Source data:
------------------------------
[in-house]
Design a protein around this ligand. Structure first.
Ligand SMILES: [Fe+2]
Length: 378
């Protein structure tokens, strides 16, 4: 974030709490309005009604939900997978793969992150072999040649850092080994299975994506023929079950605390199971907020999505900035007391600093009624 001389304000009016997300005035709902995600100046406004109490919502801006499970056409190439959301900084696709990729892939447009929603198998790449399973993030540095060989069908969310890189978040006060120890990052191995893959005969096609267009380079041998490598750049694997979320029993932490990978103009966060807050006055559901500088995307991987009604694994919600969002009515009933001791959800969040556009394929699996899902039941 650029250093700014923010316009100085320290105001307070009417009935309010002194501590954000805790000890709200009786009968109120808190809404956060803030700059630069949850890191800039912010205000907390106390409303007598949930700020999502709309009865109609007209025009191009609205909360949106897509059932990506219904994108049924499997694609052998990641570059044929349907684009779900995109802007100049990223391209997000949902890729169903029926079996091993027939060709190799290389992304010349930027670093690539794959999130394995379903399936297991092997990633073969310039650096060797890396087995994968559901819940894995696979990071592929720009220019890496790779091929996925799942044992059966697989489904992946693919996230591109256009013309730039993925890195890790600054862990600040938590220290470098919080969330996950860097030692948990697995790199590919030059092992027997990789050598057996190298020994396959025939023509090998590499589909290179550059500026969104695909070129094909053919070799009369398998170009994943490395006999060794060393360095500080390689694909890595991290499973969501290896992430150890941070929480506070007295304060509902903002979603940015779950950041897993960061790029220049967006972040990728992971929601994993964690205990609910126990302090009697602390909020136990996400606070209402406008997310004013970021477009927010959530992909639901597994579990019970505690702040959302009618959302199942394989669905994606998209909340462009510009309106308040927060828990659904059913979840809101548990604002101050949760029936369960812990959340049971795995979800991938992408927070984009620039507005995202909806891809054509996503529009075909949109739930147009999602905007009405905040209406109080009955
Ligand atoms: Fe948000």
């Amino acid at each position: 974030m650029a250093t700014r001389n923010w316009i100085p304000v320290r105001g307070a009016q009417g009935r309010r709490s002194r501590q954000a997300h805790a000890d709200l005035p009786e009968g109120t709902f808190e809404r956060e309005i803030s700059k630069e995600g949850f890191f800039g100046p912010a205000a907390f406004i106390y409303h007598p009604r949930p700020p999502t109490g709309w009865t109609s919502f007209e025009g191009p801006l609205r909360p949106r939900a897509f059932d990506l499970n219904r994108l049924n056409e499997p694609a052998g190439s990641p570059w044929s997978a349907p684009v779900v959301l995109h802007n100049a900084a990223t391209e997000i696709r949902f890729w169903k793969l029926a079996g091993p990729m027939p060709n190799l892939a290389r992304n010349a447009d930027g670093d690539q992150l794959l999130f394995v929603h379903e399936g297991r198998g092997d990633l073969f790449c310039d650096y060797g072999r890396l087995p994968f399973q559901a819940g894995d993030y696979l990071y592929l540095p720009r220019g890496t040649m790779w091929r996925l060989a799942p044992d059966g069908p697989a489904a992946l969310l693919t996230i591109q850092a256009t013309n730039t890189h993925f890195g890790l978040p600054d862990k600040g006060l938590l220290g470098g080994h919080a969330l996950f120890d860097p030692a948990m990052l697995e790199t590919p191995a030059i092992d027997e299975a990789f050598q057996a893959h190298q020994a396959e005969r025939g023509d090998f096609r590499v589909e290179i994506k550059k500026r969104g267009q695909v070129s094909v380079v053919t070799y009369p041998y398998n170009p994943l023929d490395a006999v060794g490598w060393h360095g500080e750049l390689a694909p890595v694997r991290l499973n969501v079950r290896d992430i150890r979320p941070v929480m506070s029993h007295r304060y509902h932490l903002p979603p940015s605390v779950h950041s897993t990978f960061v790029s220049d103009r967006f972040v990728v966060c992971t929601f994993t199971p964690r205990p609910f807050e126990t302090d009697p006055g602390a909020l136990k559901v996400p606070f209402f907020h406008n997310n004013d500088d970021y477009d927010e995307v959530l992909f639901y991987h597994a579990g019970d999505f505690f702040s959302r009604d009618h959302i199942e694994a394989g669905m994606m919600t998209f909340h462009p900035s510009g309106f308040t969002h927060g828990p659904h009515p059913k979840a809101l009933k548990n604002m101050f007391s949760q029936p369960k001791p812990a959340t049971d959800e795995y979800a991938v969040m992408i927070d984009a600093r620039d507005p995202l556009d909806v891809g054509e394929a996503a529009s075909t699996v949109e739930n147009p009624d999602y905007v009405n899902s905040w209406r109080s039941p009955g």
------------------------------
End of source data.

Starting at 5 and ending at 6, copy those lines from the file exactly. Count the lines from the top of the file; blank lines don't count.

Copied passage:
């Protein structure tokens, strides 16, 4: 974030709490309005009604939900997978793969992150072999040649850092080994299975994506023929079950605390199971907020999505900035007391600093009624 001389304000009016997300005035709902995600100046406004109490919502801006499970056409190439959301900084696709990729892939447009929603198998790449399973993030540095060989069908969310890189978040006060120890990052191995893959005969096609267009380079041998490598750049694997979320029993932490990978103009966060807050006055559901500088995307991987009604694994919600969002009515009933001791959800969040556009394929699996899902039941 650029250093700014923010316009100085320290105001307070009417009935309010002194501590954000805790000890709200009786009968109120808190809404956060803030700059630069949850890191800039912010205000907390106390409303007598949930700020999502709309009865109609007209025009191009609205909360949106897509059932990506219904994108049924499997694609052998990641570059044929349907684009779900995109802007100049990223391209997000949902890729169903029926079996091993027939060709190799290389992304010349930027670093690539794959999130394995379903399936297991092997990633073969310039650096060797890396087995994968559901819940894995696979990071592929720009220019890496790779091929996925799942044992059966697989489904992946693919996230591109256009013309730039993925890195890790600054862990600040938590220290470098919080969330996950860097030692948990697995790199590919030059092992027997990789050598057996190298020994396959025939023509090998590499589909290179550059500026969104695909070129094909053919070799009369398998170009994943490395006999060794060393360095500080390689694909890595991290499973969501290896992430150890941070929480506070007295304060509902903002979603940015779950950041897993960061790029220049967006972040990728992971929601994993964690205990609910126990302090009697602390909020136990996400606070209402406008997310004013970021477009927010959530992909639901597994579990019970505690702040959302009618959302199942394989669905994606998209909340462009510009309106308040927060828990659904059913979840809101548990604002101050949760029936369960812990959340049971795995979800991938992408927070984009620039507005995202909806891809054509996503529009075909949109739930147009999602905007009405905040209406109080009955
Ligand atoms: Fe948000």